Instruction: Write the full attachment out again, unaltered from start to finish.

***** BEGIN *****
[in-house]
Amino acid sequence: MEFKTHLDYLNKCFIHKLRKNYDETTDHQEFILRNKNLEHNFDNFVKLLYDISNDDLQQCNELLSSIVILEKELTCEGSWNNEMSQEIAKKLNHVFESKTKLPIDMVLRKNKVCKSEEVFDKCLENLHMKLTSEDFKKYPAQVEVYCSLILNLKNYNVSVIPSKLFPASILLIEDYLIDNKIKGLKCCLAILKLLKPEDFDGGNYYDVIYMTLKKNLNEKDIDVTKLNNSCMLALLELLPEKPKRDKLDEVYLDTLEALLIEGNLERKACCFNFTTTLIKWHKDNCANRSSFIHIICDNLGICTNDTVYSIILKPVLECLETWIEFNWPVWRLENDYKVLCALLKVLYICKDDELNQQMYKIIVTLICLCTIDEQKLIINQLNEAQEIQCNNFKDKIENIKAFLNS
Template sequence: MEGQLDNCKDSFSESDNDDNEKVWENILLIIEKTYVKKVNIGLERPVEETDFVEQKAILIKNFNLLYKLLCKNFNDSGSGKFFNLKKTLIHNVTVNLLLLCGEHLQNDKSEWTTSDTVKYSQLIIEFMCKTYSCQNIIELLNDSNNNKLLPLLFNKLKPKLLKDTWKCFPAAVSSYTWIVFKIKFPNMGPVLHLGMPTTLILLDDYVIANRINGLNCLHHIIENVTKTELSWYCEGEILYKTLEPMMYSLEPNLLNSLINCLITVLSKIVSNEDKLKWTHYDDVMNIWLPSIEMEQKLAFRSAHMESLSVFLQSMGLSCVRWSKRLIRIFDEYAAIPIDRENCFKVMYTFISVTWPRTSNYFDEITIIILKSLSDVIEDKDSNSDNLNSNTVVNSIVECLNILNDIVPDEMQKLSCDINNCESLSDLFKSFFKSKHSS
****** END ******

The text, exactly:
[in-house]
Amino acid sequence: MEFKTHLDYLNKCFIHKLRKNYDETTDHQEFILRNKNLEHNFDNFVKLLYDISNDDLQQCNELLSSIVILEKELTCEGSWNNEMSQEIAKKLNHVFESKTKLPIDMVLRKNKVCKSEEVFDKCLENLHMKLTSEDFKKYPAQVEVYCSLILNLKNYNVSVIPSKLFPASILLIEDYLIDNKIKGLKCCLAILKLLKPEDFDGGNYYDVIYMTLKKNLNEKDIDVTKLNNSCMLALLELLPEKPKRDKLDEVYLDTLEALLIEGNLERKACCFNFTTTLIKWHKDNCANRSSFIHIICDNLGICTNDTVYSIILKPVLECLETWIEFNWPVWRLENDYKVLCALLKVLYICKDDELNQQMYKIIVTLICLCTIDEQKLIINQLNEAQEIQCNNFKDKIENIKAFLNS
Template sequence: MEGQLDNCKDSFSESDNDDNEKVWENILLIIEKTYVKKVNIGLERPVEETDFVEQKAILIKNFNLLYKLLCKNFNDSGSGKFFNLKKTLIHNVTVNLLLLCGEHLQNDKSEWTTSDTVKYSQLIIEFMCKTYSCQNIIELLNDSNNNKLLPLLFNKLKPKLLKDTWKCFPAAVSSYTWIVFKIKFPNMGPVLHLGMPTTLILLDDYVIANRINGLNCLHHIIENVTKTELSWYCEGEILYKTLEPMMYSLEPNLLNSLINCLITVLSKIVSNEDKLKWTHYDDVMNIWLPSIEMEQKLAFRSAHMESLSVFLQSMGLSCVRWSKRLIRIFDEYAAIPIDRENCFKVMYTFISVTWPRTSNYFDEITIIILKSLSDVIEDKDSNSDNLNSNTVVNSIVECLNILNDIVPDEMQKLSCDINNCESLSDLFKSFFKSKHSS